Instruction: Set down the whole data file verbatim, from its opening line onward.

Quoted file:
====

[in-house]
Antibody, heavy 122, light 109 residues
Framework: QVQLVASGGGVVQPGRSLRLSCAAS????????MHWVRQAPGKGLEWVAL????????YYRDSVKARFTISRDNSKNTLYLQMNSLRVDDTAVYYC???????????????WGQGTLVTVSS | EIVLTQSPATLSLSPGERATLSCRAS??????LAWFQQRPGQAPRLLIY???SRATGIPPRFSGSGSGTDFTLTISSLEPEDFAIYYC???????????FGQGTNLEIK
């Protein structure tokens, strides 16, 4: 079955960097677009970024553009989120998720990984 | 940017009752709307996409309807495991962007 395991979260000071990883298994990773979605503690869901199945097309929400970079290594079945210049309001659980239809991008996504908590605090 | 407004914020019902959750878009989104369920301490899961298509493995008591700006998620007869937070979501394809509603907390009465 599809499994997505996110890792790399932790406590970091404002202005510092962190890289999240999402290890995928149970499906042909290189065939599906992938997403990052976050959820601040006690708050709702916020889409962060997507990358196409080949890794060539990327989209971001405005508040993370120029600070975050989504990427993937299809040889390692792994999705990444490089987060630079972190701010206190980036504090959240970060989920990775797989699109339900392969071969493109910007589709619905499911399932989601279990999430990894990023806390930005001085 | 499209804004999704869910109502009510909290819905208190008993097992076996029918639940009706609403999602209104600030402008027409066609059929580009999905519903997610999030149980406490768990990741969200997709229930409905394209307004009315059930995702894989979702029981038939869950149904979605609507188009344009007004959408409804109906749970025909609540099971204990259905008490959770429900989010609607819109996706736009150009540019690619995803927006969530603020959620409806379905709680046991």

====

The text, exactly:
[in-house]
Antibody, heavy 122, light 109 residues
Framework: QVQLVASGGGVVQPGRSLRLSCAAS????????MHWVRQAPGKGLEWVAL????????YYRDSVKARFTISRDNSKNTLYLQMNSLRVDDTAVYYC???????????????WGQGTLVTVSS | EIVLTQSPATLSLSPGERATLSCRAS??????LAWFQQRPGQAPRLLIY???SRATGIPPRFSGSGSGTDFTLTISSLEPEDFAIYYC???????????FGQGTNLEIK
């Protein structure tokens, strides 16, 4: 079955960097677009970024553009989120998720990984 | 940017009752709307996409309807495991962007 395991979260000071990883298994990773979605503690869901199945097309929400970079290594079945210049309001659980239809991008996504908590605090 | 407004914020019902959750878009989104369920301490899961298509493995008591700006998620007869937070979501394809509603907390009465 599809499994997505996110890792790399932790406590970091404002202005510092962190890289999240999402290890995928149970499906042909290189065939599906992938997403990052976050959820601040006690708050709702916020889409962060997507990358196409080949890794060539990327989209971001405005508040993370120029600070975050989504990427993937299809040889390692792994999705990444490089987060630079972190701010206190980036504090959240970060989920990775797989699109339900392969071969493109910007589709619905499911399932989601279990999430990894990023806390930005001085 | 499209804004999704869910109502009510909290819905208190008993097992076996029918639940009706609403999602209104600030402008027409066609059929580009999905519903997610999030149980406490768990990741969200997709229930409905394209307004009315059930995702894989979702029981038939869950149904979605609507188009344009007004959408409804109906749970025909609540099971204990259905008490959770429900989010609607819109996706736009150009540019690619995803927006969530603020959620409806379905709680046991």